The Question of US LNG Exports

This post was written by Kenneth B. Medlock III, the James A. Baker, III, and Susan G. Baker Fellow in Energy and Resource Economics at the Baker Institute Energy Forum.

The US Senate has taken up a review of the licensing and permitting of exports of liquefied natural gas (LNG).  The issue was addressed in a hearing of the Senate Energy and Natural Resources Committee on November 8, 2011 in Washington, DC. The testimonies of the witnesses and video of the proceedings is available at the Senate Committee website. Of primary concern are the implications for domestic natural gas prices that exports may have, and the associated implications for reliable and affordable natural gas for domestic consumers. At the core of this issue is the elasticity of domestic supply.  In other words, how large is the domestic natural gas resource base and at what cost can it be extracted?  A large resource base is necessary, but not sufficient, for a relatively small resultant impact from exporting LNG. Sufficiency for the prospect of a small price impact requires that a vast quantity of the large resource base be profitable at relatively low cost.  Thus, understanding both quantity and cost is critical to this matter.

During the past decade, innovative new techniques involving the use of horizontal drilling with hydraulic fracturing have resulted in the rapid growth in production of natural gas from shale.  Certainly rising shale gas production has contributed to lower domestic natural gas prices. This, in turn, has led various interests to promote greater use of natural gas in power generation through substitution opportunities with coal, and renewal of industrial demands that had previously been fading. In addition, there has been interest in creating new demands, such as the use of natural gas in transportation particularly as the price of crude oil remains substantially higher than the price of natural gas on an energy equivalent basis.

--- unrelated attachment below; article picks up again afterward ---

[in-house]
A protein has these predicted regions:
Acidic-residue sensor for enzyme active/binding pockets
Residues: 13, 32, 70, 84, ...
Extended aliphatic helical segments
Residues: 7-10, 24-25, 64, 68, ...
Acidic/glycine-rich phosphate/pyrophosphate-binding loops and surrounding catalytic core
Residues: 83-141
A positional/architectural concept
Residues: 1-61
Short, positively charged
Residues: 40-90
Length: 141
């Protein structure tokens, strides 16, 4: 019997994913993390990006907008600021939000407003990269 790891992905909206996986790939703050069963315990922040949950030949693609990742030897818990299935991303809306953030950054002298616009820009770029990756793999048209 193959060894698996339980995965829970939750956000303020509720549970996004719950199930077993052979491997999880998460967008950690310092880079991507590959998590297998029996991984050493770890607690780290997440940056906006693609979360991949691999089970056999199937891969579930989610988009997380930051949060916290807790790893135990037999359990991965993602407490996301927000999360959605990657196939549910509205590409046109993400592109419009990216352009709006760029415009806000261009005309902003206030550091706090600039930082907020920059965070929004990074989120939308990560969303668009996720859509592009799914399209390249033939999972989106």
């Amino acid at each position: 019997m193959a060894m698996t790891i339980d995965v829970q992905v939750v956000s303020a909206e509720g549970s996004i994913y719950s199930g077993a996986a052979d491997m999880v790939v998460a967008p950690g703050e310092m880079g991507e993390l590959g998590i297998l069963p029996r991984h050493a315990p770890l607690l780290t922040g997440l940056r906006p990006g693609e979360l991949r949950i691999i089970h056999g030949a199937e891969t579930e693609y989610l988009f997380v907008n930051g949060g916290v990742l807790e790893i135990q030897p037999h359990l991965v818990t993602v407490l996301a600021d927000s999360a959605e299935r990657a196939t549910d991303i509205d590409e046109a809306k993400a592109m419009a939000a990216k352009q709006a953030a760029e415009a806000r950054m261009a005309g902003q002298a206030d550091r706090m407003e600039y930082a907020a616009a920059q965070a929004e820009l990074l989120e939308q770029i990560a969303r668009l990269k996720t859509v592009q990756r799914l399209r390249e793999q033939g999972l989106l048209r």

It goes without saying that developments in shale gas production have changed the natural gas supply picture in North America substantially.  This, in turn, has turned expectations of increasing reliance on imported LNG – that were so pervasive just ten years ago – upside down. The LNG import terminals that were constructed are now scarcely utilized, and the prospects that the United States will become highly dependent on LNG imports in the coming years have receded, with proposals now emerging for exports of LNG from North America.  Indeed, shale gas production in the United States has increased from virtually nothing in 2000 to over 10 billion cubic feet per day (bcfd) in 2010, and a recent Baker Institute analysis indicates it could rise to 50 percent of domestic production by the 2030s.

On the critical concern of LNG exports, there are several key factors that (a) determine whether or not they occur and (b) the impact, if exports do occur, on domestic prices.  These factors are (i) the elasticity of domestic supply, (ii) the elasticity of foreign supply, (iii) the exchange rate, and (iv) the cost of exports. The basic economic lesson to recall on this point is that only in a unique case of inelastic domestic supply will domestic price rise substantially. Moreover, only if foreign supply is very elastic will the US price rise to the current international price, which is the concern generally voiced by opponents of LNG exports.  In all other cases, the price adjustment resulting from exports will occur in both the foreign and domestic market, with the degree of change in each market heavily dependent on the relative elasticities of foreign and domestic supply.  In general, if domestic supply is very elastic, then domestic price will not change very much, while foreign price will, particularly if foreign supply is capacity constrained relative to foreign demand.  So, the issue of price impact is very much determined by both domestic and international factors, which is a point that seems to be lost on the majority of those looking at this issue. In other words, the communication on price is a two way conversation.

For more detail on this issue, please see the written testimony on the Baker Institute Energy Forum website.